Or, By Natural Sines : Divide the double Area by the Nat. Sine of the given Angle, and that Quotient by the given Side ; the last Quotient will be the Side re. quired.
Other methods of surveying Fields are taught by some authors on this Subject. The preceding, however, will be found most useful in actual practice, Other instruments besides those mentioned in this Book are also sometimes used; such as the Plain Table, Semicircle, Perambulator, Theodolite, &c. But of these instruments very little use is made in NewEngland; and they are not often to be met with. For general practice none will be found more useful than a common Chain, and a Compass upon Rittenhouse's construction. A Surveyor should also provide himself with an Offset Staff, ten Links in length, and accurately divided into Links. This should be made of firm, hard wood, and will be found very convenient in taking Offsets, and also in measuring the Chain; which should be often done, as from a variety of causes a Chain is liable to become inaccurate.
It will be observed that in this work there are no descriptions of Mathematical and Surveying instruments. The Compiler omitted such descriptions from a belief that nothing which can be written on the subject will enable a person to understand them without an actual inspection of the instruments themselves, and some instruction from those acquainted with them.
The general principles here taught may be applied to the surveying of Townships, Roads, Rivers, Har. bors, &c.
Of the Variation of the COMPASS and ATTRACTION of the Needle. "HE Variation of the Compass is the number of Degrees that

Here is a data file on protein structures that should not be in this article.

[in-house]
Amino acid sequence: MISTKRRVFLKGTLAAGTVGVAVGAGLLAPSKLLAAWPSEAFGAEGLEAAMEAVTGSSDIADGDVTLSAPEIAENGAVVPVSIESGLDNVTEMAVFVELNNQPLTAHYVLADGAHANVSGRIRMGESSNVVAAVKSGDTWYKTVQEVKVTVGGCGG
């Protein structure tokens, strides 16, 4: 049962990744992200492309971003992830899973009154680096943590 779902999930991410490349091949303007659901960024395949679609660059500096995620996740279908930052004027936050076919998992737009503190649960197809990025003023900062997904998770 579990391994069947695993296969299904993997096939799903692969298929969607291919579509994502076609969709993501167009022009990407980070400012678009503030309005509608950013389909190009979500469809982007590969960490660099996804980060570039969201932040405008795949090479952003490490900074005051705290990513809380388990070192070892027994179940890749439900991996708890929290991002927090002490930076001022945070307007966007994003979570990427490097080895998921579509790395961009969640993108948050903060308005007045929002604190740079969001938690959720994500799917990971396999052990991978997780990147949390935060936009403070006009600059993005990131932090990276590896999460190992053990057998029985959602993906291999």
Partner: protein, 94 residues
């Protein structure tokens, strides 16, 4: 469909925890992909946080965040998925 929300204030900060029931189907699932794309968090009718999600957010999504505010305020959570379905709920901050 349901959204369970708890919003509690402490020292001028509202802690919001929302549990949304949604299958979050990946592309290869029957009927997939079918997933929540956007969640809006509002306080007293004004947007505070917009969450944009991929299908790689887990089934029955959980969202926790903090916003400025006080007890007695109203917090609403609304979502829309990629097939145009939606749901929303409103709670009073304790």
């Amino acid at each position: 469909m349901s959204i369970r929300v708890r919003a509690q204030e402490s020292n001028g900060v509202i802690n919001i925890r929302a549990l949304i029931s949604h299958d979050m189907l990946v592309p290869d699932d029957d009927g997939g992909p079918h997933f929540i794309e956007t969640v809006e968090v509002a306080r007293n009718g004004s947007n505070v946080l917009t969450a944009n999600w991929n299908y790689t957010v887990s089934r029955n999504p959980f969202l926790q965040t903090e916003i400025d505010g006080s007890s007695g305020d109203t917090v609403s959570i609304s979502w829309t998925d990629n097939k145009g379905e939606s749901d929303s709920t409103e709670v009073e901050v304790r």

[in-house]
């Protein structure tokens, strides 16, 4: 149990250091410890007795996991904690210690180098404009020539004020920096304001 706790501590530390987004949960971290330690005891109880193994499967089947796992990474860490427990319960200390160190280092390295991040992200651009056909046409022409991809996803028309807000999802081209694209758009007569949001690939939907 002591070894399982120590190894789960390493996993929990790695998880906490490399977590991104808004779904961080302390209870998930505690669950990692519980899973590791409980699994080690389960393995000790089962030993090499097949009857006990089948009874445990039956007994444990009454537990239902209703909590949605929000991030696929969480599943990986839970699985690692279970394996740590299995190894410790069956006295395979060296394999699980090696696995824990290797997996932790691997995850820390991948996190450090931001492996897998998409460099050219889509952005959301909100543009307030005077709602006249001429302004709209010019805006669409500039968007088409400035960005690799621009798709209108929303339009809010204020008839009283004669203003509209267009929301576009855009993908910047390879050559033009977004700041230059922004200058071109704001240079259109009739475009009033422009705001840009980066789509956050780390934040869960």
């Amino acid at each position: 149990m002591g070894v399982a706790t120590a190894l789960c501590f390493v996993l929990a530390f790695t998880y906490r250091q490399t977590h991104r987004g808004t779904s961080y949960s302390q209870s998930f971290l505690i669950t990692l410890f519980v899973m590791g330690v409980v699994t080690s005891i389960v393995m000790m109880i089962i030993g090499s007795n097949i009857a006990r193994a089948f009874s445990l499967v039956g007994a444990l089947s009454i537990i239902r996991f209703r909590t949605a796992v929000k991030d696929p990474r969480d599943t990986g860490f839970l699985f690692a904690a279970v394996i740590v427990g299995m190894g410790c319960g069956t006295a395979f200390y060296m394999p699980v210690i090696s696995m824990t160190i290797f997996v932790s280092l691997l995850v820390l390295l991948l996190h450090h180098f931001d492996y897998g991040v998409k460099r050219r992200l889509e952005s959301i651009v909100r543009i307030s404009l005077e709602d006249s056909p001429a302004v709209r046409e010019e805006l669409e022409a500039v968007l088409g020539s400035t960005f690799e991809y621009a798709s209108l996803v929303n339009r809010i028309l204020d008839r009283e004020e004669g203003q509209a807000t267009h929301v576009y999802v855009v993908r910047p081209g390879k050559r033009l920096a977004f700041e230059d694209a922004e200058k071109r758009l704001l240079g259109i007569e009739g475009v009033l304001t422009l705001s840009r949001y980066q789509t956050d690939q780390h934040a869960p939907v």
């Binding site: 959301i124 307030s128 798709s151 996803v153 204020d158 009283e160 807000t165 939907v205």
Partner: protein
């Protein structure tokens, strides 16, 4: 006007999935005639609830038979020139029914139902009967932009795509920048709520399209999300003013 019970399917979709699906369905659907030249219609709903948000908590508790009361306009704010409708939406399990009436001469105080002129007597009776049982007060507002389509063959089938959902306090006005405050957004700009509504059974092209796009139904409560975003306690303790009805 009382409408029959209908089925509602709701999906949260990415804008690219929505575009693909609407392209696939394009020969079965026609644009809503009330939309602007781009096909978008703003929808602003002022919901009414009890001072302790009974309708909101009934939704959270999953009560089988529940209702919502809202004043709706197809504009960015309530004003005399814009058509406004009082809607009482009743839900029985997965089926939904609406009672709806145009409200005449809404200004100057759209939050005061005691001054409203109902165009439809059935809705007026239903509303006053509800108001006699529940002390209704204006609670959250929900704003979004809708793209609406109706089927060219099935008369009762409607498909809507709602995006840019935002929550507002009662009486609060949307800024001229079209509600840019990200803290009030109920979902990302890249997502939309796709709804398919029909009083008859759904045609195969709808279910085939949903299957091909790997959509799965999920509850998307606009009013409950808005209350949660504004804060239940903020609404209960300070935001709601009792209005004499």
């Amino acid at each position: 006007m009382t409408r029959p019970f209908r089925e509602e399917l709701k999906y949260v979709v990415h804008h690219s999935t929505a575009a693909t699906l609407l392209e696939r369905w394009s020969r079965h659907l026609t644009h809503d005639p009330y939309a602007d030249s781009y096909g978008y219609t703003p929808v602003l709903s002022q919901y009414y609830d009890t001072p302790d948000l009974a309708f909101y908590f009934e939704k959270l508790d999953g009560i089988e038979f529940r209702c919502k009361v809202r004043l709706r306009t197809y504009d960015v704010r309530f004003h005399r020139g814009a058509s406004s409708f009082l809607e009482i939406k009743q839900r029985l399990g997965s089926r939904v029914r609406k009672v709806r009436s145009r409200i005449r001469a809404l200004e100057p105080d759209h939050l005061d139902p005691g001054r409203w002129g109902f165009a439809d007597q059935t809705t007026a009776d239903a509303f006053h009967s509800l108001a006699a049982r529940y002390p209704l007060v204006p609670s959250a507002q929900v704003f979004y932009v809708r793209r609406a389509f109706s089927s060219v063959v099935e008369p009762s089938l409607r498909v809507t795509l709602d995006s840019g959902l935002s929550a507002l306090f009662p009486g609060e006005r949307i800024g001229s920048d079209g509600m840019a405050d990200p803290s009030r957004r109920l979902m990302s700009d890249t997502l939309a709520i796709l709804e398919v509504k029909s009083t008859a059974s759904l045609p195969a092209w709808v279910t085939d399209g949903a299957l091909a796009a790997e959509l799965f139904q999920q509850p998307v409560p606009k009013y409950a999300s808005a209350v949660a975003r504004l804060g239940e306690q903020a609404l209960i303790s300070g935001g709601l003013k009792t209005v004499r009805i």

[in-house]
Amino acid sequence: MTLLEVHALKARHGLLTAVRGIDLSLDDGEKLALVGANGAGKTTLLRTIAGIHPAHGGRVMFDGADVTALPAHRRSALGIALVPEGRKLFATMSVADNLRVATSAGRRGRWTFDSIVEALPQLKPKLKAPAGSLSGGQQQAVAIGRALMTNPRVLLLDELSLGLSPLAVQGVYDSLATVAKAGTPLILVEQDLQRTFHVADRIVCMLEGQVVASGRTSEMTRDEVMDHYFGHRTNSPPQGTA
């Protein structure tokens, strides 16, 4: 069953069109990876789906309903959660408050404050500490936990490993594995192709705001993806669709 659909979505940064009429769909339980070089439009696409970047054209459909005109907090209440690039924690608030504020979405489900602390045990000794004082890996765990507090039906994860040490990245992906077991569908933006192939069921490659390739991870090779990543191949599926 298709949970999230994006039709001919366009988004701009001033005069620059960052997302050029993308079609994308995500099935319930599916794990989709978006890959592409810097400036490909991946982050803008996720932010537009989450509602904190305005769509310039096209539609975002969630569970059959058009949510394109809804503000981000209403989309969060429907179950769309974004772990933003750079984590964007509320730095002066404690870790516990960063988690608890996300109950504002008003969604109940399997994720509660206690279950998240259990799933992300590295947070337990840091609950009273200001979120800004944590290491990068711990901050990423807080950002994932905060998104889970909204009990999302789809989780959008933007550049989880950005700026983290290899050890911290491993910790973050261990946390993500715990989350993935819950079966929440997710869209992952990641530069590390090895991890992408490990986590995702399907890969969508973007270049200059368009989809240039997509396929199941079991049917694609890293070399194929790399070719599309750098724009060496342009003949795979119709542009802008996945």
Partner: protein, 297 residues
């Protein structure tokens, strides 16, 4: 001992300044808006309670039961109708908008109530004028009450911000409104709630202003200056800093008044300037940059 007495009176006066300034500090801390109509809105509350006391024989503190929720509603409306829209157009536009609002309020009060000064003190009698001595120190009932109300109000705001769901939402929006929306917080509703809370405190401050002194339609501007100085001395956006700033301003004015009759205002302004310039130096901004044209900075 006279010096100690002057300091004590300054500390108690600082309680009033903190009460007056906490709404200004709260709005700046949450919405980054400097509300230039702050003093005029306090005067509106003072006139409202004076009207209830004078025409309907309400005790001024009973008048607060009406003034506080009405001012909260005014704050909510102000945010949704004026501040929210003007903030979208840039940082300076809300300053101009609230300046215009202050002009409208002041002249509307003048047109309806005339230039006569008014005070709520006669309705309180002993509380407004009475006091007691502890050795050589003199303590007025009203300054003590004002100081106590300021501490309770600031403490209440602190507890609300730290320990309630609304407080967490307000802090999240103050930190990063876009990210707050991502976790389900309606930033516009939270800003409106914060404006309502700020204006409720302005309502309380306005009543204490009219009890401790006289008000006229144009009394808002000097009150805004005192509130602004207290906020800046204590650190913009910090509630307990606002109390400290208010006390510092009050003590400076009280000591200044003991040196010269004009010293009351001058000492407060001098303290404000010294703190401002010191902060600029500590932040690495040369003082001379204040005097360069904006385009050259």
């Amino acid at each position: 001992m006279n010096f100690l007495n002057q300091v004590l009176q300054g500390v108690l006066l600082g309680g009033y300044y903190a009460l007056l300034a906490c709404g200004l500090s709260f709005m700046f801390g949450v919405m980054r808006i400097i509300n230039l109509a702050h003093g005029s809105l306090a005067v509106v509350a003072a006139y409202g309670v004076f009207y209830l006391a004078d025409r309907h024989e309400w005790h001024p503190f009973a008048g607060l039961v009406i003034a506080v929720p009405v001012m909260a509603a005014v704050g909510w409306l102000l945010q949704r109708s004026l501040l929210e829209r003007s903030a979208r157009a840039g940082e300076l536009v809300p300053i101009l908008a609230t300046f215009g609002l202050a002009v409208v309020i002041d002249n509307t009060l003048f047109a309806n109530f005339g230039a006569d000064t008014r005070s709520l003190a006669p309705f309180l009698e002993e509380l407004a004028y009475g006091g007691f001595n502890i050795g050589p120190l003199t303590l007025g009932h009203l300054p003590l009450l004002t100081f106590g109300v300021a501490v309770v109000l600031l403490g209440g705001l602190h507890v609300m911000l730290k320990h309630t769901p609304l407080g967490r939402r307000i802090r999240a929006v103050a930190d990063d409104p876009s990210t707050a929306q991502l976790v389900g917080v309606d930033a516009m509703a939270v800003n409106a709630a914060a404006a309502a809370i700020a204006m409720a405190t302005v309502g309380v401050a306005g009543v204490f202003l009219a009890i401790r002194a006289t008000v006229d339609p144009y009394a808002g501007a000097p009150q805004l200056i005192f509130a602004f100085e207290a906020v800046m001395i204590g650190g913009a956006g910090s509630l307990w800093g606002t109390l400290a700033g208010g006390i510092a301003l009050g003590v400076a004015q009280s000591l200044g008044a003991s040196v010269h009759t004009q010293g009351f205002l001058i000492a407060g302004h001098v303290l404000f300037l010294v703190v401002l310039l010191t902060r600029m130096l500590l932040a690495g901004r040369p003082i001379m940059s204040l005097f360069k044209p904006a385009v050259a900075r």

the Magnetic Needle points from the true North, either East or West. This differs in different places, and in the same place at different times. It is, at present, in Connecticut, a few degrees to the Westward. That is, the Needle points to the Westward of North and is gradually approaching the true North.
The following method of ascertaining the Variation, by the North Star, has been adopted by many Surveyors, as the most eligible to be practised on Land. It was communicated to the Compiler by Moses WARREN, jun. Esq. of Lyme, an experienced Surveyor, with permission to publish it.
The Star, commonly called the North Star, is not directly North, but revolves round the Pole in a small Circle, once in 24 hours. It cannot therefore be due North but twice in that period ; and that is within a very few minutes of the time when a Star, called Alioth, in the Constellation of Ursa Major, or the Great Bear, is directly over or under it. There is also another Star nearly in an opposite direction from the Pole, called Gamma, in the Constellation of Cassiopeia. When these three Stars are vertical the North Star is very near the Meridian ; and when they are horizontal, it is at its greatest Elongation, that is, at its greatest distance east or West of the Pole, and on the same side as the Star in Cassiopeia. The Variation may be calculated when the Star is on the Meridian, or when at its greatest Elongation ; more accurately, however, at the latter period, because its motion being then nearly vertical for some time gives the observer a better opportunity to complete his observation.*
* The following Figure exhibits a view of the relative situation of these